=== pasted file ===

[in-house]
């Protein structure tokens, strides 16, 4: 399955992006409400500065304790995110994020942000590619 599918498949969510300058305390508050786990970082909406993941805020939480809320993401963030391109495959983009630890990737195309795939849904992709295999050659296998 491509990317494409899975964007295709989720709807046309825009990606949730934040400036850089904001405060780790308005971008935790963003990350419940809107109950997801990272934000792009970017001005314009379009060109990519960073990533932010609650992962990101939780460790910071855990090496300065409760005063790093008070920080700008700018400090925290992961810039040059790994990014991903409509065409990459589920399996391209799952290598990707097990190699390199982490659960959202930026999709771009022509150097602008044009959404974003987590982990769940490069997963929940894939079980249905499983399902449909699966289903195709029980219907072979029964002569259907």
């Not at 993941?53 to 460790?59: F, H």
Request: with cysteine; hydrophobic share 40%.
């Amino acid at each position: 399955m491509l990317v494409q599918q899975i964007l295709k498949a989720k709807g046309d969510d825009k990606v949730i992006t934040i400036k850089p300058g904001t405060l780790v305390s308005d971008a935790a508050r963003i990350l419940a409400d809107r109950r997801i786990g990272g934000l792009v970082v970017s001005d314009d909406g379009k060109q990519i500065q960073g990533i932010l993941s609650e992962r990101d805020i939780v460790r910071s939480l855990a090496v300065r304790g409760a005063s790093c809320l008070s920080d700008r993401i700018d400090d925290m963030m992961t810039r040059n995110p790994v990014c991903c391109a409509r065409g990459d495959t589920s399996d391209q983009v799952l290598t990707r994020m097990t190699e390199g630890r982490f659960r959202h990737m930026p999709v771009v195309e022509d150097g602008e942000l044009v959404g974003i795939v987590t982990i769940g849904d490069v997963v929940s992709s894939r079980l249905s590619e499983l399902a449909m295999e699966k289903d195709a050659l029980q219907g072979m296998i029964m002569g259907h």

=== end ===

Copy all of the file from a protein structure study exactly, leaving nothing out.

[in-house]
């Protein structure tokens, strides 16, 4: 399955992006409400500065304790995110994020942000590619 599918498949969510300058305390508050786990970082909406993941805020939480809320993401963030391109495959983009630890990737195309795939849904992709295999050659296998 491509990317494409899975964007295709989720709807046309825009990606949730934040400036850089904001405060780790308005971008935790963003990350419940809107109950997801990272934000792009970017001005314009379009060109990519960073990533932010609650992962990101939780460790910071855990090496300065409760005063790093008070920080700008700018400090925290992961810039040059790994990014991903409509065409990459589920399996391209799952290598990707097990190699390199982490659960959202930026999709771009022509150097602008044009959404974003987590982990769940490069997963929940894939079980249905499983399902449909699966289903195709029980219907072979029964002569259907």
């Not at 993941?53 to 460790?59: F, H």
Request: with cysteine; hydrophobic share 40%.
């Amino acid at each position: 399955m491509l990317v494409q599918q899975i964007l295709k498949a989720k709807g046309d969510d825009k990606v949730i992006t934040i400036k850089p300058g904001t405060l780790v305390s308005d971008a935790a508050r963003i990350l419940a409400d809107r109950r997801i786990g990272g934000l792009v970082v970017s001005d314009d909406g379009k060109q990519i500065q960073g990533i932010l993941s609650e992962r990101d805020i939780v460790r910071s939480l855990a090496v300065r304790g409760a005063s790093c809320l008070s920080d700008r993401i700018d400090d925290m963030m992961t810039r040059n995110p790994v990014c991903c391109a409509r065409g990459d495959t589920s399996d391209q983009v799952l290598t990707r994020m097990t190699e390199g630890r982490f659960r959202h990737m930026p999709v771009v195309e022509d150097g602008e942000l044009v959404g974003i795939v987590t982990i769940g849904d490069v997963v929940s992709s894939r079980l249905s590619e499983l399902a449909m295999e699966k289903d195709a050659l029980q219907g072979m296998i029964m002569g259907h």